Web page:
A renowned micro-sculptor has created a tiny crown fitted inside the eye of a needle to mark the coronation of the King and Queen Consort.
Dr Willard Wigan hand-wove a 24-carat gold frame around a carved grain of sand to make the body of the piece, encrusting it with real jewels and painting the piece with a brush made from his own eyelash.
In all, he invested 600 hours of work across seven weeks.
He used a microscope to create the crown, employing a special breathing technique and working mostly through the night and early mornings, when there are fewer vibrations and air disturbances from passing traffic.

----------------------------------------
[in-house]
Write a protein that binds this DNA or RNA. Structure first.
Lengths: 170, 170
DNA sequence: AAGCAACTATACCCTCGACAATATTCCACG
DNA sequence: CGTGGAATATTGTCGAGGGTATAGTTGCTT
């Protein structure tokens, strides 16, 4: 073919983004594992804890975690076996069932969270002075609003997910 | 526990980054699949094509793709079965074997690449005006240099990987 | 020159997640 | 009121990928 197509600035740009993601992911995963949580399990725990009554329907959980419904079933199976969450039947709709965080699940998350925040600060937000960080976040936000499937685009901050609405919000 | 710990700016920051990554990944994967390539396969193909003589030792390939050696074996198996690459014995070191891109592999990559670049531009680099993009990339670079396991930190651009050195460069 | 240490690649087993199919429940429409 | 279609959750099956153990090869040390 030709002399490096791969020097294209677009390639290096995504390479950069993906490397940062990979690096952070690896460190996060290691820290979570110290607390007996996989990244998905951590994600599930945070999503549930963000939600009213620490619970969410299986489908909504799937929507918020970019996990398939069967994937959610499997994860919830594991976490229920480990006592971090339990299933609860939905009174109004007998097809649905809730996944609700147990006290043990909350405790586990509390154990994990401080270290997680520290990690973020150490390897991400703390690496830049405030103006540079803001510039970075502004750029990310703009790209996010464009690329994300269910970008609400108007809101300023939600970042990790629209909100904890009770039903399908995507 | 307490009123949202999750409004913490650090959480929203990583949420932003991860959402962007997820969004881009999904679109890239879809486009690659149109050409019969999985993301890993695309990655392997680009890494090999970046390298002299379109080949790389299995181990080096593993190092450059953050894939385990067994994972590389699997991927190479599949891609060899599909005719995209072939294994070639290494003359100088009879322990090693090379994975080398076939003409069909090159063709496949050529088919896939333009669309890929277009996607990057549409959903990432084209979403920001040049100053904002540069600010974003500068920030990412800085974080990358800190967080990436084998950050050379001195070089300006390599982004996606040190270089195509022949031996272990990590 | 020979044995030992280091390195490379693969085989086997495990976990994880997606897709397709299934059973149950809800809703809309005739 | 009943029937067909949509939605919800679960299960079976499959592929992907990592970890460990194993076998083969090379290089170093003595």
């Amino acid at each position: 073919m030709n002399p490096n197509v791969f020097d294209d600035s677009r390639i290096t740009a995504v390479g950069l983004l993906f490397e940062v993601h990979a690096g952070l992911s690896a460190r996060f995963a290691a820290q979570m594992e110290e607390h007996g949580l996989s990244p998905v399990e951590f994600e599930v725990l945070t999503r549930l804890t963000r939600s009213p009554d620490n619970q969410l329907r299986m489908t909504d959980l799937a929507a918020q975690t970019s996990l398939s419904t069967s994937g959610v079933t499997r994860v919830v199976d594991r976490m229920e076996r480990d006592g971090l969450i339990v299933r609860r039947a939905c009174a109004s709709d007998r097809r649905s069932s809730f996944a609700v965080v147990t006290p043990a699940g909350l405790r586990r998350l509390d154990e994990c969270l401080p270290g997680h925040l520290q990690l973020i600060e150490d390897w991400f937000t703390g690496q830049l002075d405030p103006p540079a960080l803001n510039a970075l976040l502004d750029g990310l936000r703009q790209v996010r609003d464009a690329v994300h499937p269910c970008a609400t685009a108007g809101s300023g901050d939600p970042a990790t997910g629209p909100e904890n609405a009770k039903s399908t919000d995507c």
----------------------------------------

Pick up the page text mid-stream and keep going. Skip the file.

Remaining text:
The piece, made to look like St Edward’s Crown – which will be placed on Charles’s head during the Westminster Abbey ceremony on Saturday – is mounted within the eye of a sewing needle and is not much bigger than a full-stop in standard newsprint.
Dr Wigan was honoured with an MBE for services to art in 2007.
“When my work is finished, it doesn’t belong to me any more, this crown is for people to see. It’s one of the hardest and most detailed sculptures I’ve ever undertaken to date.”
He plans to exhibit the crown rather than give it to the King, as a gift for all people to see and enjoy.